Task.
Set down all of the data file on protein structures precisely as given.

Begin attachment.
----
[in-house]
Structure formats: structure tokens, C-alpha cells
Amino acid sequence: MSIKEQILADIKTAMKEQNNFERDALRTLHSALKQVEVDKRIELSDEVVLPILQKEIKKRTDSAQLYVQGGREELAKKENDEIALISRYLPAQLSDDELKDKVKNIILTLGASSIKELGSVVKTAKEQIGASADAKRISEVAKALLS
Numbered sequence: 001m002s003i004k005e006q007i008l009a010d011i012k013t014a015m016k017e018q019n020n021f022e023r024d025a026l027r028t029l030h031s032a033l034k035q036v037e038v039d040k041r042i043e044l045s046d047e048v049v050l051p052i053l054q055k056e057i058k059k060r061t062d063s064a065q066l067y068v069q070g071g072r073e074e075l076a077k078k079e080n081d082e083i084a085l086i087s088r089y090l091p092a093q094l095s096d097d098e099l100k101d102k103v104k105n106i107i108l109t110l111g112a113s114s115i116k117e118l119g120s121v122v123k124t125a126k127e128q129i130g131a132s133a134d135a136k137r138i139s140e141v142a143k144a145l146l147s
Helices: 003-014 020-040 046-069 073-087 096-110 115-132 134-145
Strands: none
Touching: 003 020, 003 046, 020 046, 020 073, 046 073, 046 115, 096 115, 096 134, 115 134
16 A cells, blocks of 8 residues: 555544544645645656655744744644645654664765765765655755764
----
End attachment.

[in-house]
Structure formats: structure tokens, C-alpha cells
Amino acid sequence: MSIKEQILADIKTAMKEQNNFERDALRTLHSALKQVEVDKRIELSDEVVLPILQKEIKKRTDSAQLYVQGGREELAKKENDEIALISRYLPAQLSDDELKDKVKNIILTLGASSIKELGSVVKTAKEQIGASADAKRISEVAKALLS
Numbered sequence: 001m002s003i004k005e006q007i008l009a010d011i012k013t014a015m016k017e018q019n020n021f022e023r024d025a026l027r028t029l030h031s032a033l034k035q036v037e038v039d040k041r042i043e044l045s046d047e048v049v050l051p052i053l054q055k056e057i058k059k060r061t062d063s064a065q066l067y068v069q070g071g072r073e074e075l076a077k078k079e080n081d082e083i084a085l086i087s088r089y090l091p092a093q094l095s096d097d098e099l100k101d102k103v104k105n106i107i108l109t110l111g112a113s114s115i116k117e118l119g120s121v122v123k124t125a126k127e128q129i130g131a132s133a134d135a136k137r138i139s140e141v142a143k144a145l146l147s
Helices: 003-014 020-040 046-069 073-087 096-110 115-132 134-145
Strands: none
Touching: 003 020, 003 046, 020 046, 020 073, 046 073, 046 115, 096 115, 096 134, 115 134
16 A cells, blocks of 8 residues: 555544544645645656655744744644645654664765765765655755764